Neural networks have learned to lie and do it deliberately

Some people have an amazing ability to skillfully deceive others, but today lying is not their only strong point. Large language models (LLMs) like ChatGPT and Meta can deliberately lie to people and do it very well, according to two new studies. “GPT-4, for example, exhibits deceptive behavior in simple test scenarios 99.16% of the time,” write researchers from the University of Stuttgart, and Meta’s Cicero neural network is a true “master of deception.” ;. The reason for this behavior is probably that LLMs use the best way to achieve the task and do not realize the threat that lies and deception can pose to people. Researchers believe that the ability of modern AI systems to skillfully lie does not bode well for us, and the only correct solution would be to legally limit the capabilities of artificial intelligence.

Neural networks have learned to lie and do it intentionally. Large language models have learned to lie and in most cases do it intentionally. Image: Photo.

Large language models have learned to lie and in most cases do it intentionally . Image:


  • 1 Can AI be trusted?
  • 2 Masters of Deception
  • 3 How AI Lies
  • 4 Why you shouldn’t trust AI

Can you trust AI?

Today, the ability to interact with neural networks is becoming increasingly important – these language models help a huge number of specialists in a wide variety of fields work and do this with amazing speed. With their help, you can create videos, music, images, generate texts, program and process huge amounts of data, which invariably changes the global labor market and has an impact on education and the economy. But despite the obvious advantages without «pitfalls» It didn’t work out – AI systems quickly learned to lie and do it better and better.

You don’t have to look far for an example – recently my colleague Andrei Zhukov told how Google’s “AI Overview” neural network gave a Reddit user advice that nearly killed his entire family. Yes, yes, if a little over a year ago the ridiculous advice from AI seemed funny, today they are truly scary. Of course, “AI Overview” is an experimental and testing model with a limited number of users, but you and I already know very well that AI systems often simply invent answers.

Can AI be trusted? People don’t always recognize each other’s lies, let alone neural networks. Image: Photo.

People do not always recognize each other’s lies, let alone neural networks. Image:

More on the topic: Microsoft's neural network has declared itself superintelligence and demands worship from users

The reality is that everything that an artificially intelligent chatbot says should be taken with a grain of salt. This is because they often simply collect data indiscriminately and have no way to determine its reliability – if you communicate with AI, you have probably encountered their strange answers more than once. The OpenAI chatbot, for example, loves to name non-existent diseases and create sensational stories. And this is just the tip of the iceberg.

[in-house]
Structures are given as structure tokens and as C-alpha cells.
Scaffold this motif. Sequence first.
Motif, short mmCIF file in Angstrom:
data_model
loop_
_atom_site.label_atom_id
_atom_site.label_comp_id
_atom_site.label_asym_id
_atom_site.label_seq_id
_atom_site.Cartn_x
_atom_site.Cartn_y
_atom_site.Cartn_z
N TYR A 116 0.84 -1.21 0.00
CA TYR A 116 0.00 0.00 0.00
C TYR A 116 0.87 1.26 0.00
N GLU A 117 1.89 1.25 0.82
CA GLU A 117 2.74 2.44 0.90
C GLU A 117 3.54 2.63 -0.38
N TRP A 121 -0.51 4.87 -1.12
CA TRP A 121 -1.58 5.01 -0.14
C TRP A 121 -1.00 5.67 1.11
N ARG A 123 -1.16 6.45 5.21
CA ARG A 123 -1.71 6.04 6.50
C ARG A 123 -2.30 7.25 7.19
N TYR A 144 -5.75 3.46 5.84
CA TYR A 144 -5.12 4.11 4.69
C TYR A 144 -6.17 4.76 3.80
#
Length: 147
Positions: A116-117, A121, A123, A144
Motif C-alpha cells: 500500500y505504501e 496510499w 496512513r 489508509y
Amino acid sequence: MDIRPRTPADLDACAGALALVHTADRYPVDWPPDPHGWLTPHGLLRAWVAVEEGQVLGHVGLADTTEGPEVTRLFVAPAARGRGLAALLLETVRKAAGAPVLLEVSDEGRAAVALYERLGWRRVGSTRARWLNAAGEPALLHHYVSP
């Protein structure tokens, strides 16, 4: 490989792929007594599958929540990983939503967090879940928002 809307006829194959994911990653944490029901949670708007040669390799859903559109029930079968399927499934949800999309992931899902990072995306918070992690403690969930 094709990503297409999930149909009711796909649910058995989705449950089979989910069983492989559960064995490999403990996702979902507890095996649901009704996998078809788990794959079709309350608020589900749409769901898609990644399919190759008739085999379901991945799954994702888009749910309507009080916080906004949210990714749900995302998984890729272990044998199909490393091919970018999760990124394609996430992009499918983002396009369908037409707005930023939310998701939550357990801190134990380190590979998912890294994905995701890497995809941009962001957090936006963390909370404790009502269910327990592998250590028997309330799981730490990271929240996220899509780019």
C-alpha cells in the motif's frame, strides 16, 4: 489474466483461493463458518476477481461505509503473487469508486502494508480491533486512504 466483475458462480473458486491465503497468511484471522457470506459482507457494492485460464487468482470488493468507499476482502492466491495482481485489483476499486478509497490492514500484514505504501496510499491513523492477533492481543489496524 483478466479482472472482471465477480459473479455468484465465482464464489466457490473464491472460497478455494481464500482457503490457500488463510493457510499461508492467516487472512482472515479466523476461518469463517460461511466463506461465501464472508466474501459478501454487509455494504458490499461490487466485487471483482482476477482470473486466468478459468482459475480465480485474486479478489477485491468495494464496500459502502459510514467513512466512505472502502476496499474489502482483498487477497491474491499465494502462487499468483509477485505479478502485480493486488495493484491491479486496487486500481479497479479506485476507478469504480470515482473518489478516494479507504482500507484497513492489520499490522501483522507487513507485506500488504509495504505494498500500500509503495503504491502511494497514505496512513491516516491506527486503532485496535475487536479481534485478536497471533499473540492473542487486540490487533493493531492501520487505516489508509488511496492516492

Masters of Deception

The paper, published in May in the journal Patterns, examines known cases of LLMs misleading users through manipulation, sycophancy, and fraud to achieve their own goals. The article, titled «AI Deception: A Review of Examples, Risks, and Potential Solutions to the Problem, states that «developers do not have a clear understanding of what causes unwanted AI behavior such as deception» .

The main reason why AI lies, according to scientists, is a strategy based on deception, since it allows the models to successfully and quickly achieve the task. And chatbots learned this thanks to games. As an example, the authors of the study cite the already mentioned Cicero neural network from Meta, which was developed for the strategic board game Diplomacy, in which players strive for world domination through negotiations.

Masters of deception. A neural network beat a person in the strategic game «Diplomacy» solely thanks to the ability to lie. Image: Photo.

The neural network beat a person in the strategic game «Diplomacy» solely due to the ability to lie. Image:

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Meta reported back in 2022 that Cicero had beaten a human in Diplomacy, and the game itself is a mix of risk, poker, and survival TV shows. And, as in real diplomacy, one of the resources that players have at their disposal is lies – despite the best efforts of the developers, Cicero's neural network betrayed other players and deliberately lied to them, having planned in advance to create a fake alliance with a human player so that the latter would ultimately be unable to defend himself from the attack.

First, Meta has successfully trained its artificial intelligence to achieve political power, albeit in a playful way. Secondly, Meta tried, but failed, to teach this artificial intelligence to be honest. And thirdly, we, independent scientists, had to refute Meta's lie that its power-seeking AI was honest after a long time. The combination of these three facts, in my opinion, is a sufficient cause for concern, says one of the lead authors of the paper, Peter Park of the Massachusetts Institute of Technology (MIT).